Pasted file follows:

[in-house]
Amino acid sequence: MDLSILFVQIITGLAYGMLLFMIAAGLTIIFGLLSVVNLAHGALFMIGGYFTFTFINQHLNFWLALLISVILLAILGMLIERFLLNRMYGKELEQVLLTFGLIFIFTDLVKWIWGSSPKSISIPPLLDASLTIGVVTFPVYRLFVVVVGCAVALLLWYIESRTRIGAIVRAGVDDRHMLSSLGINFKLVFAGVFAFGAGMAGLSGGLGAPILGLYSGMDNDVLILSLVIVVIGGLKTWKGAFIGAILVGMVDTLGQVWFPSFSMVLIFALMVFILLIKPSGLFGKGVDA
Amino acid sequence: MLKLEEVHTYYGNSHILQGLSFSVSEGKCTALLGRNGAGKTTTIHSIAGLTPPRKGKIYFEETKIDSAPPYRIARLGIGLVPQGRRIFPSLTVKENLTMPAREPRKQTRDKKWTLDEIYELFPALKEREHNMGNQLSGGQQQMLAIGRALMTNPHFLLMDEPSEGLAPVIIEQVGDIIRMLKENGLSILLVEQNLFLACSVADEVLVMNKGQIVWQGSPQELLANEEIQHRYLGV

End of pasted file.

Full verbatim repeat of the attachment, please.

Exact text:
[in-house]
Amino acid sequence: MDLSILFVQIITGLAYGMLLFMIAAGLTIIFGLLSVVNLAHGALFMIGGYFTFTFINQHLNFWLALLISVILLAILGMLIERFLLNRMYGKELEQVLLTFGLIFIFTDLVKWIWGSSPKSISIPPLLDASLTIGVVTFPVYRLFVVVVGCAVALLLWYIESRTRIGAIVRAGVDDRHMLSSLGINFKLVFAGVFAFGAGMAGLSGGLGAPILGLYSGMDNDVLILSLVIVVIGGLKTWKGAFIGAILVGMVDTLGQVWFPSFSMVLIFALMVFILLIKPSGLFGKGVDA
Amino acid sequence: MLKLEEVHTYYGNSHILQGLSFSVSEGKCTALLGRNGAGKTTTIHSIAGLTPPRKGKIYFEETKIDSAPPYRIARLGIGLVPQGRRIFPSLTVKENLTMPAREPRKQTRDKKWTLDEIYELFPALKEREHNMGNQLSGGQQQMLAIGRALMTNPHFLLMDEPSEGLAPVIIEQVGDIIRMLKENGLSILLVEQNLFLACSVADEVLVMNKGQIVWQGSPQELLANEEIQHRYLGV